Each of the following strategic planning mistakes is costly. In fact, committing any one of them could kill your strategic plan. Following the description of each is an instruction on how to avoid the mistake.
Mistake number 1: Arbitrarily selecting your planning team members
Many managers give insufficient consideration to choosing their planning team members. They simply select a few senior managers with too little thought about their potential contribution to building a viable strategic plan. Also, they don’t consider whether each team member is positioned to drive the successful implementation of the resultant strategies.
How to avoid this mistake: Consider carefully the selection of each and every member of your planning team. And keep these two criteria in mind:
o Willing and capable of strategic thought – to assist in the development of your strategic plan.
o Positioned, in the organization, to drive the successful implementation of your resultant strategies.
Mistake number 2: Thinking of strategic planning as an event, rather than a process.
Some managers will set aside time to develop their plan. So far, so good. Unfortunately, they’ll then adopt – and communicate – an attitude of “let’s get it done and get back to work.” Clearly, they fail to integrate their plan into the day-to-day operation of their business.
How to avoid this mistake: Adopt the attitude that planning is an integral part of the operation of your business. In fact, your strategies, once detailed, will become a description of work to be performed. So when you and your planning team “gets back to work,” they’ll be working at accomplishing your strategies.
Mistake number 3: Not educating your planning team members to the strategic planning process.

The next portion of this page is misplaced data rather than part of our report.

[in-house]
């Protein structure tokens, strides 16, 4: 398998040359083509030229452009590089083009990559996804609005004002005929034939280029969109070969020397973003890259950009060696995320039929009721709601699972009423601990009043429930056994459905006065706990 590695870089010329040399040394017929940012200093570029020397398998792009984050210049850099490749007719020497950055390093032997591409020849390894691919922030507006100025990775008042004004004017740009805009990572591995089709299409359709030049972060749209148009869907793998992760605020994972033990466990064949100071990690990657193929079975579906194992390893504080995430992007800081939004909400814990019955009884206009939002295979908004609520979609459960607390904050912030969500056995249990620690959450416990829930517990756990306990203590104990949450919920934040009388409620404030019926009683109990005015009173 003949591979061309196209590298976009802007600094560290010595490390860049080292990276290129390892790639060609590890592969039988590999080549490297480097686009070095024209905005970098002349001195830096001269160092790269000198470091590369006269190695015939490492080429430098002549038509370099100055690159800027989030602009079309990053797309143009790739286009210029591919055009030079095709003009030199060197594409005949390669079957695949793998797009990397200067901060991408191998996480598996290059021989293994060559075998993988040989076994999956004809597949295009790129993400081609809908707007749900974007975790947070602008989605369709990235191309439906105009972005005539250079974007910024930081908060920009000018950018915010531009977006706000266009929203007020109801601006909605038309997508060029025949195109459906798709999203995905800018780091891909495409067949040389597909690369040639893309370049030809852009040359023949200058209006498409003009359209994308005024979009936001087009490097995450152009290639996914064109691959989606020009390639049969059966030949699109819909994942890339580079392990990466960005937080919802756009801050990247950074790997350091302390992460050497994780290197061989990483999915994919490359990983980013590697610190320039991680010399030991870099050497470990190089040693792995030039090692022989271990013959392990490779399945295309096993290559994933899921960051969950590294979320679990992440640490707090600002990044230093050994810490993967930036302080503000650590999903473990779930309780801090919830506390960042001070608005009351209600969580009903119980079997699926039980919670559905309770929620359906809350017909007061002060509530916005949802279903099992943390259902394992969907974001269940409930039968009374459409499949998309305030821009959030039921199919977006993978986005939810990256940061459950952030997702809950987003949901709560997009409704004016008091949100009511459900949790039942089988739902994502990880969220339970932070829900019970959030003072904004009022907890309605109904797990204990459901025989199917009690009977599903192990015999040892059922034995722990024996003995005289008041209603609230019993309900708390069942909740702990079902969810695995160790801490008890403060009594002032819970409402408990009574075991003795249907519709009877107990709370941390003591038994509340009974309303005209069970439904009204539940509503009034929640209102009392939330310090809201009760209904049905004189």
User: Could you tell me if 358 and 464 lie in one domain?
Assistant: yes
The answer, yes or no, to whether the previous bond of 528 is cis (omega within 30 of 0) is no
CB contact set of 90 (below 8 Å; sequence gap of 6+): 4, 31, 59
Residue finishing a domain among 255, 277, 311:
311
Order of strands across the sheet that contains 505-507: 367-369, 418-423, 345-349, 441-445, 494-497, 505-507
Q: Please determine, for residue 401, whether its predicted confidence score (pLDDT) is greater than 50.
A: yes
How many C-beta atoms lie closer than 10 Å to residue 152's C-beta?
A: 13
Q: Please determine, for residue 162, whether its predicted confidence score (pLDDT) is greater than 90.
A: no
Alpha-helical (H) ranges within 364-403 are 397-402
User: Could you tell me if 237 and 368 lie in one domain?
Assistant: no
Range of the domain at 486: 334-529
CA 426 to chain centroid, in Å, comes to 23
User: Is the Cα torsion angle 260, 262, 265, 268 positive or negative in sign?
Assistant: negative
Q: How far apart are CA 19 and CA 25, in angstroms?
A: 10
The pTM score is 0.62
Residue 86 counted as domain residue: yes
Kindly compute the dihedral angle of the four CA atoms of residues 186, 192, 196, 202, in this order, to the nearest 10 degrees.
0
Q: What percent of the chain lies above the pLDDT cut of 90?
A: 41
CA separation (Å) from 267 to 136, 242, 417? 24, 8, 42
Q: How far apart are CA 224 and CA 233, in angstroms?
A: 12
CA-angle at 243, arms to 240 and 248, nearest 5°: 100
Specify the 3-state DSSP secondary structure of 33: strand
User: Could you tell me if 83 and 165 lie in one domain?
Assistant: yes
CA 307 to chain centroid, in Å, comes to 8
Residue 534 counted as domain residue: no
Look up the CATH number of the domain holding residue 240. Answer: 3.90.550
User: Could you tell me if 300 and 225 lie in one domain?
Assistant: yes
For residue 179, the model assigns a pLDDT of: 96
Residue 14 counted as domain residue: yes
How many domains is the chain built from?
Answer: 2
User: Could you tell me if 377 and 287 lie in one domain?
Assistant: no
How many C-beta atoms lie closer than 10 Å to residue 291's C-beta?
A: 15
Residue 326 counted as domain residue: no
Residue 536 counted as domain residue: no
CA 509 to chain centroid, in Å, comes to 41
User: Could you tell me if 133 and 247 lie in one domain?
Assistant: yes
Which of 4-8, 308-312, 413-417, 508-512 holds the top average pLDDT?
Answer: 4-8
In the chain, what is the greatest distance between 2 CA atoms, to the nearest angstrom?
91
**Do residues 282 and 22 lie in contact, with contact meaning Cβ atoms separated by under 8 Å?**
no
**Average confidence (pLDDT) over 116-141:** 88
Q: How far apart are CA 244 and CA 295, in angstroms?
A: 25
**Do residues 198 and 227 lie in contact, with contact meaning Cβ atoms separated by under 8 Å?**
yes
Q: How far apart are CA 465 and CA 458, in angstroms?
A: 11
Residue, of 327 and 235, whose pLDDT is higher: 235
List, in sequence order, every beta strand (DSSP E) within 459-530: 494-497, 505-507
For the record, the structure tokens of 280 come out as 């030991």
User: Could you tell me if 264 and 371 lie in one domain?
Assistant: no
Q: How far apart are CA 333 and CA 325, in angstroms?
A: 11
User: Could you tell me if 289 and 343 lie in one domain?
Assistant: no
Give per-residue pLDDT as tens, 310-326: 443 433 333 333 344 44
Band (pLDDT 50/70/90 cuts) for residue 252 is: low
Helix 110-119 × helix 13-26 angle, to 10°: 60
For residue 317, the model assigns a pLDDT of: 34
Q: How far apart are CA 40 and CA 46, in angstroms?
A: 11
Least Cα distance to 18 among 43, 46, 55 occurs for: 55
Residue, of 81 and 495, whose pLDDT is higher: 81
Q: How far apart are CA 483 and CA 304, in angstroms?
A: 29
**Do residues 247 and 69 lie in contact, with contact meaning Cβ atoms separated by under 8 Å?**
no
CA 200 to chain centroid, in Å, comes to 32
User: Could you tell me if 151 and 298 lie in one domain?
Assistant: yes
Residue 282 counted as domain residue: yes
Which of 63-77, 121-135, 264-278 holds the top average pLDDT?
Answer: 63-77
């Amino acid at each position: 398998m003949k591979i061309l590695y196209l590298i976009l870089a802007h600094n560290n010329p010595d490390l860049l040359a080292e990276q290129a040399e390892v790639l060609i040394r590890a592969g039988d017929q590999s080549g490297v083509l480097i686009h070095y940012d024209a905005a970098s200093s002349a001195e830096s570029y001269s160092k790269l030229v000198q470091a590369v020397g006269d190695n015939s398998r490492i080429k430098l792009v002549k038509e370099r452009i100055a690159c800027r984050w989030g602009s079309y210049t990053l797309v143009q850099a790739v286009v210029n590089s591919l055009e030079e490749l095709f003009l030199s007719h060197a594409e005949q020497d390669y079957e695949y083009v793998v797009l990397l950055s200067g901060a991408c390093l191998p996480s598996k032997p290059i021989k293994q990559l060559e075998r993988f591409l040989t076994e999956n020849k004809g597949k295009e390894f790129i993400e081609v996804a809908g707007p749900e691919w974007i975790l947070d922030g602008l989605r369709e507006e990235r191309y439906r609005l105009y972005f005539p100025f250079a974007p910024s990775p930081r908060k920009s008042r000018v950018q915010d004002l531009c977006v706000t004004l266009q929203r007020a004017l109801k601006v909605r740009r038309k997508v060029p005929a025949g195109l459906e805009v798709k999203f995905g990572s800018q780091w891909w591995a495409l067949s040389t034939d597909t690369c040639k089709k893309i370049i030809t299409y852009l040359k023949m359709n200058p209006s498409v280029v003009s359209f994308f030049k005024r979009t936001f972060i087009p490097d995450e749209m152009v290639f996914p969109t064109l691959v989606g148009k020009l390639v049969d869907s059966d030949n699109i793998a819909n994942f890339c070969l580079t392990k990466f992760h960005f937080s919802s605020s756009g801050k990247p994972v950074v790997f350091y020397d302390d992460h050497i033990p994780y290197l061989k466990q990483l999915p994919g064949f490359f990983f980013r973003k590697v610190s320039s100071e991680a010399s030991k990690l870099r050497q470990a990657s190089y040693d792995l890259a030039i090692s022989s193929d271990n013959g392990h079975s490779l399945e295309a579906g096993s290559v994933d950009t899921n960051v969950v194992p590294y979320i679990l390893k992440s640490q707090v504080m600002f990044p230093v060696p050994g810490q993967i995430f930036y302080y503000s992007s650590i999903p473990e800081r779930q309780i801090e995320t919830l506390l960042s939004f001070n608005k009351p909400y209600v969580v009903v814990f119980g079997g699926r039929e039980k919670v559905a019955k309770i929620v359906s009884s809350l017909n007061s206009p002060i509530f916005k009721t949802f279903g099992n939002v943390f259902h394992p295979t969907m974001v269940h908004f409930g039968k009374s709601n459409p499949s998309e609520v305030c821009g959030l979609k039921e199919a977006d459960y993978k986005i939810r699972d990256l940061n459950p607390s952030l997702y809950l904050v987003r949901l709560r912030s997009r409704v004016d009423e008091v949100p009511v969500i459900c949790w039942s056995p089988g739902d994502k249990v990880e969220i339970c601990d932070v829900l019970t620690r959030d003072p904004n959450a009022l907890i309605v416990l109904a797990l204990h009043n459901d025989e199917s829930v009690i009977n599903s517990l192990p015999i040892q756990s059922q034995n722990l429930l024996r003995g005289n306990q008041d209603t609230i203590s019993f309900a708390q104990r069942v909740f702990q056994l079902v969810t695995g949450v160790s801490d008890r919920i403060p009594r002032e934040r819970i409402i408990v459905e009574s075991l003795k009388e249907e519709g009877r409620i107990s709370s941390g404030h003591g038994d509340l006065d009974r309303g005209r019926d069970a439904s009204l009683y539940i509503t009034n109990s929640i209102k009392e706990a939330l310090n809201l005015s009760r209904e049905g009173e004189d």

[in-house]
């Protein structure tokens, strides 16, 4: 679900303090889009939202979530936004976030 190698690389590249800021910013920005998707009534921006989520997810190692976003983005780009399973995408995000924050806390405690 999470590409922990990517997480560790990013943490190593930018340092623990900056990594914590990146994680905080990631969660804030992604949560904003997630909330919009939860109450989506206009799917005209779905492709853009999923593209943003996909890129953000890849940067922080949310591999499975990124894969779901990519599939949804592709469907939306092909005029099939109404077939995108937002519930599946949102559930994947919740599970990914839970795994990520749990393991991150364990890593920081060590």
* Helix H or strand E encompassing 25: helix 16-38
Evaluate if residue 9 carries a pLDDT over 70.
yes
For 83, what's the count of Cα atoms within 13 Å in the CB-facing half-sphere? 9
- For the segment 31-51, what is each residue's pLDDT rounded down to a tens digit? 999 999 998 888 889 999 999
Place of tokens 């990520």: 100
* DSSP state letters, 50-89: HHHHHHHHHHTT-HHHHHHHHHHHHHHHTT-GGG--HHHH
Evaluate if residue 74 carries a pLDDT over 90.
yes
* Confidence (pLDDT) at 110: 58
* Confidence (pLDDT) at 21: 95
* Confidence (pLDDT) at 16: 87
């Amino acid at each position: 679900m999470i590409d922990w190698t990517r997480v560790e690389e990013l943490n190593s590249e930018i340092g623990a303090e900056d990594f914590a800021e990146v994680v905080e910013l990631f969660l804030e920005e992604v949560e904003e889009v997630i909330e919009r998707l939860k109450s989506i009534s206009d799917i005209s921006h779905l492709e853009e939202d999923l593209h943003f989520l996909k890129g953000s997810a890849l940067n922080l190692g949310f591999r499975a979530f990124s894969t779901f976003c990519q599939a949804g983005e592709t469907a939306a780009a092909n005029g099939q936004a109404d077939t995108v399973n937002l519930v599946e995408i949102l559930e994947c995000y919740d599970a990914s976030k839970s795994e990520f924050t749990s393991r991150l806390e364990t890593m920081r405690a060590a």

Believe it or not, some planning teams enter their strategy sessions “cold” – without first learning the process in which they’re about to engage. This is a terrible mistake – for two reasons. First, the resultant lack of understanding seriously affects performance. Thus the quality of the resultant plan – and the strategies within the plan – suffer. Second, failure to educate the planning team misses the opportunity to build enthusiasm among the team’s members. The quality of their discussions, the resultant strategies, and the implementation of those strategies all suffer.
How to avoid this mistake: Conduct a Strategic Planning Workshop for your planning team members. The workshop will not only educate, but also build your managers’ enthusiasm for the process. And make sure that the workshop includes a case study – so your team members will experience building a “mini strategic plan.” While doing so, they’ll extend their thinking to your own organization. They’ll then be eager to apply the process “in real life.”
Mistake number 4: Not involving employees beyond your planning team members.
Some managers don’t even think about asking employees (beyond the planning team) to help. This mistake guarantees that the organization will miss valuable input. Also, it will squander the opportunity to build enthusiasm for implementation of the resultant strategies.
How to avoid this mistake: Consider the many ways to include your employees in the process – both for the benefit of their input, and to build their enthusiasm. For example:
o Providing thoughts (through interview or survey) on issues to discuss
o Assistance in gathering pre-planning information
o Detailing resultant strategies through development of action plans (lists of tactics)
o Estimating resources required to accomplish strategies
o Implementation of resultant strategies
Mistake number 5: Ignoring the question of timing.
Some assume that any time of the year is as good as any other for developing strategy. Not true. Planning out of phase with your budgeting process will leave you trying to implement this year’s strategies with last year’s resources.
How to avoid this mistake: Make sure your timing is such that your strategies “feed your budgeting process.” That way, you’ll be able to allocate resources in support of your strategies.